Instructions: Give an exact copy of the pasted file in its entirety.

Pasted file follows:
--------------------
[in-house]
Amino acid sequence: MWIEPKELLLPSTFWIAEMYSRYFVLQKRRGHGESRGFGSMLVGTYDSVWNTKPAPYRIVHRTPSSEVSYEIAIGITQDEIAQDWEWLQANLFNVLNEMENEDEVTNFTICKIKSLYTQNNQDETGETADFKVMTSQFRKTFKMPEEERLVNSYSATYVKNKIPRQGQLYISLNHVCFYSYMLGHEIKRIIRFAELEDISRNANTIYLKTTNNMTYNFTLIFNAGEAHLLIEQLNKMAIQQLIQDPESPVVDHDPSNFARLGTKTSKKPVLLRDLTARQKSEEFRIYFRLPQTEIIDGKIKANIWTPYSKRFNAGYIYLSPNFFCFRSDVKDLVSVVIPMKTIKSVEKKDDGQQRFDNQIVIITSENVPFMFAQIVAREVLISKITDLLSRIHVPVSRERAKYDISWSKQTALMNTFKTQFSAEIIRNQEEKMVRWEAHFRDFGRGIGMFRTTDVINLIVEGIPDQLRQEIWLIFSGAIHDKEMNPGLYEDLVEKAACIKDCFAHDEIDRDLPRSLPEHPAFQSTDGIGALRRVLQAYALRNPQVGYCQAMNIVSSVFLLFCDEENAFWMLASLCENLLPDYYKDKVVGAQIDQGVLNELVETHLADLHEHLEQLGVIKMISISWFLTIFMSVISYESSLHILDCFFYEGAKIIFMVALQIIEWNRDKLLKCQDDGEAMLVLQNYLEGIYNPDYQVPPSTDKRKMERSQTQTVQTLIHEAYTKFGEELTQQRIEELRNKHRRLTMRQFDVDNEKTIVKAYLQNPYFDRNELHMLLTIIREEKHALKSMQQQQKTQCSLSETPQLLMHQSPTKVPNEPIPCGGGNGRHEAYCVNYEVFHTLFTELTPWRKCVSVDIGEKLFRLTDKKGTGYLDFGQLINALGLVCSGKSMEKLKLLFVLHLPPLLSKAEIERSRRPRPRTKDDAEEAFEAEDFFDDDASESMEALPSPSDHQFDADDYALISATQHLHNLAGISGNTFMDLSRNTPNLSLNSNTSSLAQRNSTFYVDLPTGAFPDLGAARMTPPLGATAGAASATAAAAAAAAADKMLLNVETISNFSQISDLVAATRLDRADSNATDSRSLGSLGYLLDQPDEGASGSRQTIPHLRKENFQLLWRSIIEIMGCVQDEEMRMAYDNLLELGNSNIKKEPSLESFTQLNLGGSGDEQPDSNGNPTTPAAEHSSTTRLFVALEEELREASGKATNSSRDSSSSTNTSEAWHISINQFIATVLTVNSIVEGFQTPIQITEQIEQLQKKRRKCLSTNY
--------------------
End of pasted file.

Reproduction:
[in-house]
Amino acid sequence: MWIEPKELLLPSTFWIAEMYSRYFVLQKRRGHGESRGFGSMLVGTYDSVWNTKPAPYRIVHRTPSSEVSYEIAIGITQDEIAQDWEWLQANLFNVLNEMENEDEVTNFTICKIKSLYTQNNQDETGETADFKVMTSQFRKTFKMPEEERLVNSYSATYVKNKIPRQGQLYISLNHVCFYSYMLGHEIKRIIRFAELEDISRNANTIYLKTTNNMTYNFTLIFNAGEAHLLIEQLNKMAIQQLIQDPESPVVDHDPSNFARLGTKTSKKPVLLRDLTARQKSEEFRIYFRLPQTEIIDGKIKANIWTPYSKRFNAGYIYLSPNFFCFRSDVKDLVSVVIPMKTIKSVEKKDDGQQRFDNQIVIITSENVPFMFAQIVAREVLISKITDLLSRIHVPVSRERAKYDISWSKQTALMNTFKTQFSAEIIRNQEEKMVRWEAHFRDFGRGIGMFRTTDVINLIVEGIPDQLRQEIWLIFSGAIHDKEMNPGLYEDLVEKAACIKDCFAHDEIDRDLPRSLPEHPAFQSTDGIGALRRVLQAYALRNPQVGYCQAMNIVSSVFLLFCDEENAFWMLASLCENLLPDYYKDKVVGAQIDQGVLNELVETHLADLHEHLEQLGVIKMISISWFLTIFMSVISYESSLHILDCFFYEGAKIIFMVALQIIEWNRDKLLKCQDDGEAMLVLQNYLEGIYNPDYQVPPSTDKRKMERSQTQTVQTLIHEAYTKFGEELTQQRIEELRNKHRRLTMRQFDVDNEKTIVKAYLQNPYFDRNELHMLLTIIREEKHALKSMQQQQKTQCSLSETPQLLMHQSPTKVPNEPIPCGGGNGRHEAYCVNYEVFHTLFTELTPWRKCVSVDIGEKLFRLTDKKGTGYLDFGQLINALGLVCSGKSMEKLKLLFVLHLPPLLSKAEIERSRRPRPRTKDDAEEAFEAEDFFDDDASESMEALPSPSDHQFDADDYALISATQHLHNLAGISGNTFMDLSRNTPNLSLNSNTSSLAQRNSTFYVDLPTGAFPDLGAARMTPPLGATAGAASATAAAAAAAAADKMLLNVETISNFSQISDLVAATRLDRADSNATDSRSLGSLGYLLDQPDEGASGSRQTIPHLRKENFQLLWRSIIEIMGCVQDEEMRMAYDNLLELGNSNIKKEPSLESFTQLNLGGSGDEQPDSNGNPTTPAAEHSSTTRLFVALEEELREASGKATNSSRDSSSSTNTSEAWHISINQFIATVLTVNSIVEGFQTPIQITEQIEQLQKKRRKCLSTNY